Friday, May 18, 2012

Part 3: Selecting a solar telescope

Before I purchased a solar telescope, I had seen images from them but knew nobody that could advise me of what to look for, how to choose or even offer advise on which scope to buy. So I searched far and wide for information, unfortunately there were very few good reference points to help me select a scope.

I did the best I could and chose the Coronado Solarmax II 90mm scope, it is a very nice telescope overall, good size / weight, great views,etc.
Sunspot and photosphere as viewed in the Solarmax

However, if I was to buy it all over again, I might have made some changes.

First I will start with important considerations:

To double-stack or not to double-stack, that is indeed the question:
- I purchased a single etalon (filter) on a 90mm aperture.
- A dual-stack (double etalon) will offer a lot more detail, based upon images I have seen, perhaps up to double the detail as you will get more contrast from the double stack. The contrast comes from the length of wavelength (angstrom) you allow in the scope. For instance my scope has a >.7 angstrom bandpass. Normally a double-stack scope allows in >.5 angstroms, so less light equals higher contrast as less energy is hitting your eye or the camera sensor.
- The double-stacked scopes are about double the cost as well, my suggestion is to trade aperture for double stacking! Spend as much as you can, but if you can get a smaller double-stacked scope, go for that one instead of the larger aperture single etalon scope.

Type of focuser:
This is an important one, that is very hard to get enough information about.
There are two types of focusers that come with solar telescopes:
- Dual-speed crayford types
a) these types of focusers can be used to obtain exact focus, simple and very intuitive to use.
b) they also have smaller focal travel, so you may have to add on extensions to increase the focus capability.
- Helical focusers
a) these types of focusers are much more difficult to use, requiring manipulation of two sliding focus tubes (one for course, one for medium focus) and then a circular focus knob for attaining fine focus.
b) they do have a longer image train, so you don't need to add extensions to the image train.
My suggestion is to find a scope with a dual-speed crayford style focuser, it is much simpler to adjust focus with these types of focusers. When your out in the Sun and covered by a sunscreen to block the sun so you can see your PC screen better, you will thank me for it.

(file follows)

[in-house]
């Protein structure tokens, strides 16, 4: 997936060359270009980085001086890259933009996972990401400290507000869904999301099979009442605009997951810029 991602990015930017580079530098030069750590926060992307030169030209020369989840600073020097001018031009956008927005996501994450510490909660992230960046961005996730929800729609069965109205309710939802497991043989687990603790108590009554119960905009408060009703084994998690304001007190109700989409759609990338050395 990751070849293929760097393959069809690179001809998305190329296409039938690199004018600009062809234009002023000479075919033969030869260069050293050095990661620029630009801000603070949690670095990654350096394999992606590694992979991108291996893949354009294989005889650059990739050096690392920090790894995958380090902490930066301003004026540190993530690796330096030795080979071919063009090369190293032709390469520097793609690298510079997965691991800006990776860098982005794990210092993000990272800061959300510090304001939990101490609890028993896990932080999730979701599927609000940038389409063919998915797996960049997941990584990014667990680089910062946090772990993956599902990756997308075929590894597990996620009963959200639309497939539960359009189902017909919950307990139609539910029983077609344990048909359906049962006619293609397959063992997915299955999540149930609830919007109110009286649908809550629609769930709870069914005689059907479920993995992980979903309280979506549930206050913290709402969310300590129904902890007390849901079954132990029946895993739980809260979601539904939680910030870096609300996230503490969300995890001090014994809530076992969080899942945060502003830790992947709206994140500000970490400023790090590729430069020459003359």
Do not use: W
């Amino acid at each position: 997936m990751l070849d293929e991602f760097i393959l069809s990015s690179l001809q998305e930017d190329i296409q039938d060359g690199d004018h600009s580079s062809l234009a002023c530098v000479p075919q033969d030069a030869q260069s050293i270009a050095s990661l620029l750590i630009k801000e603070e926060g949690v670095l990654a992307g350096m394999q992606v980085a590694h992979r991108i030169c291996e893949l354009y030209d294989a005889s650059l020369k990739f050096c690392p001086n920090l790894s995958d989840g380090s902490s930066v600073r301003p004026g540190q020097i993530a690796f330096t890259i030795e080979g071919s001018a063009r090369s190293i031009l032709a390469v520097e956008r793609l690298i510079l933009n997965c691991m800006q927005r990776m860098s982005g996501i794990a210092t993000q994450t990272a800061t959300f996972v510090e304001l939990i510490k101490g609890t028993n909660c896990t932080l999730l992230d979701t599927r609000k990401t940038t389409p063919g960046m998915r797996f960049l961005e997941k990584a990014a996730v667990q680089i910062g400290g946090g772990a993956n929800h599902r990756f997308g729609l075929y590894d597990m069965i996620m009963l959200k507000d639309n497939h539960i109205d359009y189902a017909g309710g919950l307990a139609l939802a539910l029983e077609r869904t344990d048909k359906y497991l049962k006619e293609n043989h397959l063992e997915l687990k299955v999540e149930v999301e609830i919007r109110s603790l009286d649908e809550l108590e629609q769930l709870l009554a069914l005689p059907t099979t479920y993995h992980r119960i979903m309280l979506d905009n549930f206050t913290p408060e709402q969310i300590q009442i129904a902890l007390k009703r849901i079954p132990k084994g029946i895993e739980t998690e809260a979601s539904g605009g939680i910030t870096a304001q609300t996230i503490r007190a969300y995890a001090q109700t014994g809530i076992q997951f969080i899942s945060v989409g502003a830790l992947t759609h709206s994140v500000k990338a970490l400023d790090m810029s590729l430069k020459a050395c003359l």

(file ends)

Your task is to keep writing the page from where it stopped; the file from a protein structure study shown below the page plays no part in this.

Aperture: How much is enough?
This is a good question that many astronomers face constantly, this is commonly referred to as 'aperture fever' because it seems you never have enough and always want more. :-)
FOV of Solarmax II 90
For viewing the Sun, this becomes even more interesting as the Sun is a relatively close and very large target.
I find that I like to take my solar scope with me a lot, because as long as it is not cloudy outside, you can pretty much view from anywhere.
The question you need to answer is: are you primarily a visual or photographic user?
- If visual, larger apertures will offer amazing views and lots of detail.
- If photographic, the larger aperture will restrict your Field of View (FOV) to a small portion of the Sun.

Blocking Filter:
This is one that many people don't really consider (myself included). The Coronado offers many different model numbers of blocking filters, here is the difference:
- BF5 - this one is predominantly for visual use, it comes contained in a diagonal with a 1.5 in barrel
- BF10 - this one is ok for visual / ok for photographic, it also comes in a diagonal with a 1.5 in barrel
- BF15 - this one is ok for visual / great for photographic, it also comes in a diagonal with a 1.5 in barrel
- BF30 - this one is tuned for photography but is ok with visual as well. This blocking filter comes inside the telescope, with a 2 in opening. This allows you to either place a 2 in diagonal on the scope or use a camera with a 2 in aperture in prime focus mode.

1) I would not buy the BF5 or 10 if you plan on doing any photography
2) I would buy the BF15 if I planned on doing 'web cam' photography (this is the one I have on my scope), I have found it difficult to find a way to mount my 2 in aperture camera on this 1.5 in diagonal.
3) This one is interesting in many ways, you have the flexibility of using 1.5 or 2 in aperture cameras and you have a larger blocking filter so more light will enter the camera. However, it appears that the blocking filter is inside the telescope inside the focuser, this may be problematic if you plan on moving from a helical focuser to a crayford style as you will have to find a way to remount the focuser (afaik).